The committee will allow residents living near the site to meet periodically with the people in charge of the project to receive up-to-date information and discuss their concerns during the work.
If you would like to join this committee, send an email to email@example.com, and we will contact you.
Learn more about the project
Today, the Youville track maintenance workshop make up the oldest transportation maintenance and overhaul facility in Quebec. They are where we conduct métro train maintenance. The workshops are divided into sub-shops and serve both old and new train models (MR-73 and AZUR). The Youville track maintenance shop is where we store and redeploy vehicles used for maintenance and refuelling on worksites throughout the métro network.
The expansion project will allow us to increase the operational capacity at the Youville track maintenance workshop, optimize the maintenance of our network and reduce noise disturbances in the surrounding area.
The expansion will serve the following purposes:
- Increase the shop’s operational efficiency and capacity to meet the growing demand of construction work in the métro, benefitting the operations of the entire Montréal métro network.
- Improve space management for marshalling, scheduling and handling maneuvers.
- Better integrate the building into the neighbourhood with improved architecture and a greened noise barrier.
- Enhance residents’ quality of life by reducing disturbances due to métro equipment operations.
Expanding this infrastructure is part of the STM’s strategy to reduce its asset maintenance deficit. Our métro network is aging and requires a lot of maintenance and renovation. Some of these tasks can only be carried out at night and within a very narrow timeframe. This constraint requires highly complex logistical planning.
The expansion will increase our overnight worksite production capacities and enable more flexible logistical planning. We will be able to meet the increasing demand of our major worksites, which are growing in size and number. These gains in versatility and performance will help us find a balance between regular network maintenance and service to external contractors.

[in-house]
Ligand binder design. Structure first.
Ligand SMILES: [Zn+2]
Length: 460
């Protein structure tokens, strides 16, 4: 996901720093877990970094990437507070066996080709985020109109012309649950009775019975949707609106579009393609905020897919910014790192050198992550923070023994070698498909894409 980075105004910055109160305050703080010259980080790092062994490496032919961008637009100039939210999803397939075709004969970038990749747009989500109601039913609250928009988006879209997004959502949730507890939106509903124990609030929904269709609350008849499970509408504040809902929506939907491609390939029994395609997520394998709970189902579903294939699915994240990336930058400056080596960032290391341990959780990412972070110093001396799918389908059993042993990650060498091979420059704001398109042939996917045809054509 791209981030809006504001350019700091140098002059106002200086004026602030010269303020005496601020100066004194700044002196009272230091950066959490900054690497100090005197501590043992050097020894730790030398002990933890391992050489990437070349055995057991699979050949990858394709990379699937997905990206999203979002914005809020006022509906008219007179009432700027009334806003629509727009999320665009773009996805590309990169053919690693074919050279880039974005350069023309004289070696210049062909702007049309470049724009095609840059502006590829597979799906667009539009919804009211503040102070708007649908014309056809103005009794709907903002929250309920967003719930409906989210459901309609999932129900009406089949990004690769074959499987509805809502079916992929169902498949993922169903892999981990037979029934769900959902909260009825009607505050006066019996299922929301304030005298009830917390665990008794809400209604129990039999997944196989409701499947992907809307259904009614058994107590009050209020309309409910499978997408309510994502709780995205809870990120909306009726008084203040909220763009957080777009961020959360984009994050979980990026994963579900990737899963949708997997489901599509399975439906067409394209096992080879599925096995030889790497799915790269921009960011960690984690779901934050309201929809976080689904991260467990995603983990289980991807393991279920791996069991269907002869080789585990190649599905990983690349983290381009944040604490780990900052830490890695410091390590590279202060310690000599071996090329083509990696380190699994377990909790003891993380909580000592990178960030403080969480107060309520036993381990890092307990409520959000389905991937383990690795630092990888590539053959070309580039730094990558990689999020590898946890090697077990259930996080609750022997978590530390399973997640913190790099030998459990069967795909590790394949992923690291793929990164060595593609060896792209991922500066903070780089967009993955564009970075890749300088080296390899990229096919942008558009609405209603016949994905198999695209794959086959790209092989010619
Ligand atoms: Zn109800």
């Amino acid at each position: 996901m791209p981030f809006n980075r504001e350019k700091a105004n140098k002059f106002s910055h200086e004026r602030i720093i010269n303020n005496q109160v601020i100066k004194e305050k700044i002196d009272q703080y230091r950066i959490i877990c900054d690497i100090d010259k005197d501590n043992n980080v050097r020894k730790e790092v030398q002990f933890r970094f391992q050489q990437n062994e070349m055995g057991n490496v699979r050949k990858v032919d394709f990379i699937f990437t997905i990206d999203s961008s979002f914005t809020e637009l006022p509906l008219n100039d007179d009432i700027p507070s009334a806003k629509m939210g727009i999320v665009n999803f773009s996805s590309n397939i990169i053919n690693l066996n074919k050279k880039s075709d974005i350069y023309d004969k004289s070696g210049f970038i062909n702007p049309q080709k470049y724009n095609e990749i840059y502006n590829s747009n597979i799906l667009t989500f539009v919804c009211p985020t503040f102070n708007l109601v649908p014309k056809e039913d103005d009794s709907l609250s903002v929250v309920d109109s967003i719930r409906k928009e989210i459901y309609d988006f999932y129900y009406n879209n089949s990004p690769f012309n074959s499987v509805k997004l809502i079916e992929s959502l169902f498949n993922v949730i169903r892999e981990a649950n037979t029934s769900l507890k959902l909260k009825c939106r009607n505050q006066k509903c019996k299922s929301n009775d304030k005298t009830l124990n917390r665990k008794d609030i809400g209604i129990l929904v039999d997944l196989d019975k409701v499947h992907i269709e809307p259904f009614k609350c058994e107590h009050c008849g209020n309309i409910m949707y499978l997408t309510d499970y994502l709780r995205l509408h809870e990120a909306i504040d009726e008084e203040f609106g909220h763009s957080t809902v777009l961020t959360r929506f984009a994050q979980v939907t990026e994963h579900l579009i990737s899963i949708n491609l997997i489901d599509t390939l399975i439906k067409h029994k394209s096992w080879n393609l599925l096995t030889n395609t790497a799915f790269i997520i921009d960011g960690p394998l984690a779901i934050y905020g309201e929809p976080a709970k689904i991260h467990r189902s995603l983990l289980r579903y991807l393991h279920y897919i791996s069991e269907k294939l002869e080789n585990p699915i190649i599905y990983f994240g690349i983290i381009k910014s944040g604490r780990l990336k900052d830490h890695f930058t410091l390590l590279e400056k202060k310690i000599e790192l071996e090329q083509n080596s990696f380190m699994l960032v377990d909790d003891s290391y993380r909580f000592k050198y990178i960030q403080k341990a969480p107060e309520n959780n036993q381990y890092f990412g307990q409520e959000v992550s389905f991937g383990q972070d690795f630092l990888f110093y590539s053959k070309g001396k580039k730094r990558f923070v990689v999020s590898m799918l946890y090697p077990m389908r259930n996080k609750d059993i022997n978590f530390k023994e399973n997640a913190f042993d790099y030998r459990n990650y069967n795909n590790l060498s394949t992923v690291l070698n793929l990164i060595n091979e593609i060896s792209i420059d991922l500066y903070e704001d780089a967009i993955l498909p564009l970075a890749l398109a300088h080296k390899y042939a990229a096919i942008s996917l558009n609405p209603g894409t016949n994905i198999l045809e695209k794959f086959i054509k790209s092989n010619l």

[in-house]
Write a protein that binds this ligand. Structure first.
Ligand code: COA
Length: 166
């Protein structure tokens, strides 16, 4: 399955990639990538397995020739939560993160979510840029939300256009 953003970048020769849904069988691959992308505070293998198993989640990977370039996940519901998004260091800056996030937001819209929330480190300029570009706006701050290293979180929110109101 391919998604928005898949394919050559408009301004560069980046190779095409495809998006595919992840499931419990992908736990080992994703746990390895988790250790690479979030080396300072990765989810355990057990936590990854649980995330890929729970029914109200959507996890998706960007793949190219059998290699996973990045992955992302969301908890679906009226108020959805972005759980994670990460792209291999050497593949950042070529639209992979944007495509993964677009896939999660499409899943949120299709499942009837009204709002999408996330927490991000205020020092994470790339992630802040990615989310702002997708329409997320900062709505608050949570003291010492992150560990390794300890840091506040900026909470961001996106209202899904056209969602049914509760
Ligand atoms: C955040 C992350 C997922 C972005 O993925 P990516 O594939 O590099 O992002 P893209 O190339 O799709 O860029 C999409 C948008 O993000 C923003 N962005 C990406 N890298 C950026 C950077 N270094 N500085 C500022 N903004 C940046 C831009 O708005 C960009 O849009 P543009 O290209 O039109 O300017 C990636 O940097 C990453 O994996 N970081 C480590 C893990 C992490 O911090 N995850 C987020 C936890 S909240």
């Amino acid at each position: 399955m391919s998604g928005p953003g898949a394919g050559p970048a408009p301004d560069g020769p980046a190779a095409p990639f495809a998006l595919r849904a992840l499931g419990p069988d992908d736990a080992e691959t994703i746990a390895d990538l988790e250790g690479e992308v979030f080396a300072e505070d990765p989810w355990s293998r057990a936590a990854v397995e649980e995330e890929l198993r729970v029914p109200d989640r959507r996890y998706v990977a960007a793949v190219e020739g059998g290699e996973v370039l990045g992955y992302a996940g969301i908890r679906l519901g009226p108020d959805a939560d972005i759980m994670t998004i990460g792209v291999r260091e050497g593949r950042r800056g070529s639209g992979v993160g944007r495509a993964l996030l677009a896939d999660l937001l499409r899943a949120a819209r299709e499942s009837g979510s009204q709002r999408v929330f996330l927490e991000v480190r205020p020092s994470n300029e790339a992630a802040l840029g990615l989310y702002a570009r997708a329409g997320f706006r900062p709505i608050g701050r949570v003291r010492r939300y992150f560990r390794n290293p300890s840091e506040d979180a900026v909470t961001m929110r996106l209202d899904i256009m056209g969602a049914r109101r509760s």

The work will be completed in several phases:
1. Worksite preparation
- Fencing off the worksite
- Installing work equipment
- Approximate timeframe: 1 month
2. Start of pile drilling and infrastructural work
- This will require the use of a drilling rig.
- Approximate timeframe: 6 months
3. Steel structure mounting
- This will require the use of an on-site crane.
- Approximate timeframe: 6 months
4. Start of interior work and exterior wall construction
- Approximate timeframe: 6 months
5. Interior work
- Approximate timeframe: 12 months
Once the project is complete, operations will go on inside the new building, so the activities in that section of the workshop will be less noisy. The building design has been analyzed and approved by an acoustics specialist.
In September 1910, the Montreal Park and Island Railway Company began construction of these workshops, originally for streetcar repairs. At the time, the location was in the middle of the countryside.
The year 1946 marked the start of a period of expansion at the Youville workshops. With buses becoming more and more prominent in the field of public transportation, Montreal Tramways began construction of two new buildings at the site (the Villeray garage and Complexe Crémazie).
In 1951, the transit network was transferred to the public sector, and the Commission de transport de Montréal (CTM) was born. The CTM replaced streetcars with buses. This meant that new bus garages had to be built to house the hundreds of new vehicles.
In 1963, the Youville workshops received the additions of the major repairs and minor repairs shops, the fan, the track maintenance shop and the Legendre power station.
In 1972, a shelter was added to the Youville track maintenance shop. This structure was needed to mount DC choppers on métro cars. DC choppers are electronic devices that gradually let in the motor’s supply current, and they are also what plays the three notes when the métro train starts.
The track maintenance shop was expanded again from 2004 to 2005. In the interim, a track was added connecting to the future fifth métro line—the Blue line—in 1980.
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The project in images
This work is made possible thanks to funding provided by the Ministère des Transports du Québec (MTQ).